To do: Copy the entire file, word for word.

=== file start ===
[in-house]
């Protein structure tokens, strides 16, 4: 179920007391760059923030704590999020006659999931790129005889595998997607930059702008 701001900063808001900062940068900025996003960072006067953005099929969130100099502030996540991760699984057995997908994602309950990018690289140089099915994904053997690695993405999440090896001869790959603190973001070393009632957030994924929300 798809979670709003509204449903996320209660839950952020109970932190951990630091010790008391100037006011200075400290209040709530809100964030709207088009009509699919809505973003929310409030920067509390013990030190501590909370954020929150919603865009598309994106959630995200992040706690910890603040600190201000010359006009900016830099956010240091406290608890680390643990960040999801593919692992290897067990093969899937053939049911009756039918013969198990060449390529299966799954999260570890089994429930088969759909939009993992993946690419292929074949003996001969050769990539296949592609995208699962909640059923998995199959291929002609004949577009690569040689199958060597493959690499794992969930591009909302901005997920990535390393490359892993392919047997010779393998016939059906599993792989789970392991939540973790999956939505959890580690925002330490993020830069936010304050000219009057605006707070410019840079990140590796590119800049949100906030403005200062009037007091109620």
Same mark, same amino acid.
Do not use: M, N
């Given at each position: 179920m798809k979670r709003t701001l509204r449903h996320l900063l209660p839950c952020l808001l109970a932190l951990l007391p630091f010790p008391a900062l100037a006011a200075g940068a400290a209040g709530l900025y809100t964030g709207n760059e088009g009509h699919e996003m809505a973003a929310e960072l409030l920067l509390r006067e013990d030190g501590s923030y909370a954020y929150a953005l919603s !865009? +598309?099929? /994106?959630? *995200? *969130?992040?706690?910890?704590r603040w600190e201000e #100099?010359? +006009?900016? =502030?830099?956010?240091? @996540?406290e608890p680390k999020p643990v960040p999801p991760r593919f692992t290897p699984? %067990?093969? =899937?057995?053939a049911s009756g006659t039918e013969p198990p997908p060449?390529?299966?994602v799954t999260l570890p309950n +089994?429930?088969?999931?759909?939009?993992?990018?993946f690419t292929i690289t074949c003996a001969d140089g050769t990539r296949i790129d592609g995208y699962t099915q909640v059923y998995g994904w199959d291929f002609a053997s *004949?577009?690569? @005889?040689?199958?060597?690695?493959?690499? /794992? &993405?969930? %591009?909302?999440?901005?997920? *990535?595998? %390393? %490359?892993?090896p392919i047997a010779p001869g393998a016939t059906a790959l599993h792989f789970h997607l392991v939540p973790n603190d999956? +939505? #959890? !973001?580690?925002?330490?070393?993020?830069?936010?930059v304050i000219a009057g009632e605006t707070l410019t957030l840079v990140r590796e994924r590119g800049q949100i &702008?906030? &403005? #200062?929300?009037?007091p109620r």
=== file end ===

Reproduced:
[in-house]
């Protein structure tokens, strides 16, 4: 179920007391760059923030704590999020006659999931790129005889595998997607930059702008 701001900063808001900062940068900025996003960072006067953005099929969130100099502030996540991760699984057995997908994602309950990018690289140089099915994904053997690695993405999440090896001869790959603190973001070393009632957030994924929300 798809979670709003509204449903996320209660839950952020109970932190951990630091010790008391100037006011200075400290209040709530809100964030709207088009009509699919809505973003929310409030920067509390013990030190501590909370954020929150919603865009598309994106959630995200992040706690910890603040600190201000010359006009900016830099956010240091406290608890680390643990960040999801593919692992290897067990093969899937053939049911009756039918013969198990060449390529299966799954999260570890089994429930088969759909939009993992993946690419292929074949003996001969050769990539296949592609995208699962909640059923998995199959291929002609004949577009690569040689199958060597493959690499794992969930591009909302901005997920990535390393490359892993392919047997010779393998016939059906599993792989789970392991939540973790999956939505959890580690925002330490993020830069936010304050000219009057605006707070410019840079990140590796590119800049949100906030403005200062009037007091109620």
Same mark, same amino acid.
Do not use: M, N
């Given at each position: 179920m798809k979670r709003t701001l509204r449903h996320l900063l209660p839950c952020l808001l109970a932190l951990l007391p630091f010790p008391a900062l100037a006011a200075g940068a400290a209040g709530l900025y809100t964030g709207n760059e088009g009509h699919e996003m809505a973003a929310e960072l409030l920067l509390r006067e013990d030190g501590s923030y909370a954020y929150a953005l919603s !865009? +598309?099929? /994106?959630? *995200? *969130?992040?706690?910890?704590r603040w600190e201000e #100099?010359? +006009?900016? =502030?830099?956010?240091? @996540?406290e608890p680390k999020p643990v960040p999801p991760r593919f692992t290897p699984? %067990?093969? =899937?057995?053939a049911s009756g006659t039918e013969p198990p997908p060449?390529?299966?994602v799954t999260l570890p309950n +089994?429930?088969?999931?759909?939009?993992?990018?993946f690419t292929i690289t074949c003996a001969d140089g050769t990539r296949i790129d592609g995208y699962t099915q909640v059923y998995g994904w199959d291929f002609a053997s *004949?577009?690569? @005889?040689?199958?060597?690695?493959?690499? /794992? &993405?969930? %591009?909302?999440?901005?997920? *990535?595998? %390393? %490359?892993?090896p392919i047997a010779p001869g393998a016939t059906a790959l599993h792989f789970h997607l392991v939540p973790n603190d999956? +939505? #959890? !973001?580690?925002?330490?070393?993020?830069?936010?930059v304050i000219a009057g009632e605006t707070l410019t957030l840079v990140r590796e994924r590119g800049q949100i &702008?906030? &403005? #200062?929300?009037?007091p109620r």